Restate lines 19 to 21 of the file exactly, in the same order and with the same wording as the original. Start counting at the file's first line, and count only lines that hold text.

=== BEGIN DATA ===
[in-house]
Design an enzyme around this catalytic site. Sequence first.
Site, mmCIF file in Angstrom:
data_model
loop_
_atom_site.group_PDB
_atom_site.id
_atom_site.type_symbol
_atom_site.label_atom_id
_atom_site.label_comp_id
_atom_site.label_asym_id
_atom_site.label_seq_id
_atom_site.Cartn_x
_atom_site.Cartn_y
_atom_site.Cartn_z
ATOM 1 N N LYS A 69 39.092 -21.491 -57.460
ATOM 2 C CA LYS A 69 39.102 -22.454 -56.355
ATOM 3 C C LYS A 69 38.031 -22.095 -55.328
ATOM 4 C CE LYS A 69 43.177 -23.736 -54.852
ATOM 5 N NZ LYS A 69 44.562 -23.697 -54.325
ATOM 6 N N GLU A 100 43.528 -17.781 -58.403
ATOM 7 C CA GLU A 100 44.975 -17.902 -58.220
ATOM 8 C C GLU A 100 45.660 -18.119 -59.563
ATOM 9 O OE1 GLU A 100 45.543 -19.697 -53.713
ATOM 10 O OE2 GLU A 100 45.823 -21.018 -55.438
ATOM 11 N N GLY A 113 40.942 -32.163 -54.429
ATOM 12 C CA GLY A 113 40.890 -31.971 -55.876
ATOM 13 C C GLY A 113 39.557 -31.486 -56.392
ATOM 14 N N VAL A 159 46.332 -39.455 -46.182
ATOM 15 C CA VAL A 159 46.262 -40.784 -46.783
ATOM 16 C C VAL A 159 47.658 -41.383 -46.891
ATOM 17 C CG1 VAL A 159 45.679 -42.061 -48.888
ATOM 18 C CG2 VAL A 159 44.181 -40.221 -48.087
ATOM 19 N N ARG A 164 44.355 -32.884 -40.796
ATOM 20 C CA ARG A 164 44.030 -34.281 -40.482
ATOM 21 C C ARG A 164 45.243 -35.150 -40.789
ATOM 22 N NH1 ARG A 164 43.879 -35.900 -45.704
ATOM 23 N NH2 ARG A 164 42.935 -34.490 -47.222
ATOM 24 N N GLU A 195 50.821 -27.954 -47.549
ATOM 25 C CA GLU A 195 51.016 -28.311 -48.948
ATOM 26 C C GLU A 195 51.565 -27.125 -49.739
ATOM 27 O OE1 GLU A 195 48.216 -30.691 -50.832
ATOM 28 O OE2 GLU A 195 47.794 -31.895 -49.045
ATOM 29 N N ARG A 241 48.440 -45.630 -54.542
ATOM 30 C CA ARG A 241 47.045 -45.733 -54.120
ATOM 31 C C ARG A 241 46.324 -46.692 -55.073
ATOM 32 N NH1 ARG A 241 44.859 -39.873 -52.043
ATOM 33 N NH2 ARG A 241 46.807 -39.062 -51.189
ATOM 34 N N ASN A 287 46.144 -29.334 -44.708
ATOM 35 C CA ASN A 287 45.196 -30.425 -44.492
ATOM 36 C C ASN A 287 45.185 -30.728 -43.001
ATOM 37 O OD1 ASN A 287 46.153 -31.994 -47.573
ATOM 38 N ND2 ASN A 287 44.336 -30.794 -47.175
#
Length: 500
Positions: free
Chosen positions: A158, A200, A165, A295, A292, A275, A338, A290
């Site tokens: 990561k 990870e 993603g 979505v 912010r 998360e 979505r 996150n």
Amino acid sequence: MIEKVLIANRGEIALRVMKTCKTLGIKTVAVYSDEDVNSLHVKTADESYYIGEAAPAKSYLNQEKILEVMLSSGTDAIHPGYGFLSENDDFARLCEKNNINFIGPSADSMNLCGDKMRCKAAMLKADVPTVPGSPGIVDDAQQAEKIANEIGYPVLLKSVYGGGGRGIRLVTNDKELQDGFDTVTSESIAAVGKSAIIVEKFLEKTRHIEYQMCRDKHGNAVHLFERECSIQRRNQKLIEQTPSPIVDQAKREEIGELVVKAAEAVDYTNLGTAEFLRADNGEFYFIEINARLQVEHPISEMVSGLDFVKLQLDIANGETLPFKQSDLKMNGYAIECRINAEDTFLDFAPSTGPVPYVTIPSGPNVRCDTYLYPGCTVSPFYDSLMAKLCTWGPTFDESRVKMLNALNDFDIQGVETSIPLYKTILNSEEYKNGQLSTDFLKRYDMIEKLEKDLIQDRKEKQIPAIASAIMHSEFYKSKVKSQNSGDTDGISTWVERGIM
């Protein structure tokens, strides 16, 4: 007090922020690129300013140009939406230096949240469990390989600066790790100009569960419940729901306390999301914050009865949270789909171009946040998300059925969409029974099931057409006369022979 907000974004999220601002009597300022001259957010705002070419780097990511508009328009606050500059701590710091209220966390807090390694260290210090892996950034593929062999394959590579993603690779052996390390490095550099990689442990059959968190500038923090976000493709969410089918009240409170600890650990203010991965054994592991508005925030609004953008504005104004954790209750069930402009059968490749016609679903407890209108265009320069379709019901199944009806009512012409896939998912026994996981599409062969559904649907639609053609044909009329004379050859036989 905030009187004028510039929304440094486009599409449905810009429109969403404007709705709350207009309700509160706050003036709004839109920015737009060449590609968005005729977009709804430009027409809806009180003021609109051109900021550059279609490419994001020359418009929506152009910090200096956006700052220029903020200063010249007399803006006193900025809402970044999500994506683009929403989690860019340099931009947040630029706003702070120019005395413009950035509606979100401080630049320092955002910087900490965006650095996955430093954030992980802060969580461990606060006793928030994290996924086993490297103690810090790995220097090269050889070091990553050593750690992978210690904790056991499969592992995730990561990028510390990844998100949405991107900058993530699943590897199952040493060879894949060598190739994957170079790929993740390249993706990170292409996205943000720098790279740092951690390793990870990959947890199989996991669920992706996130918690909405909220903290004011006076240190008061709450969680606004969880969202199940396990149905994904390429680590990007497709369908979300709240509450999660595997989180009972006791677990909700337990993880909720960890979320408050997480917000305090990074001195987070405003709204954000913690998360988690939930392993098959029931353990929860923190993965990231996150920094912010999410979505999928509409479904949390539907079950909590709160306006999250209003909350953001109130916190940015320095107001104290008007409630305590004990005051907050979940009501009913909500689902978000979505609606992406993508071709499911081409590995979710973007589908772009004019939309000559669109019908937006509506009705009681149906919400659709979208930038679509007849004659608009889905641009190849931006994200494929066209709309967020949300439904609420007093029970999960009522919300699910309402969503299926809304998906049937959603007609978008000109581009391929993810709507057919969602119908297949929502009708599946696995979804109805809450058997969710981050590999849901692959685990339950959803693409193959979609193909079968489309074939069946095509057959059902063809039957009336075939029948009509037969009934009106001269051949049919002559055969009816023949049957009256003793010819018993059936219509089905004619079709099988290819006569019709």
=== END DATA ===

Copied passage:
ATOM 4 C CE LYS A 69 43.177 -23.736 -54.852
ATOM 5 N NZ LYS A 69 44.562 -23.697 -54.325
ATOM 6 N N GLU A 100 43.528 -17.781 -58.403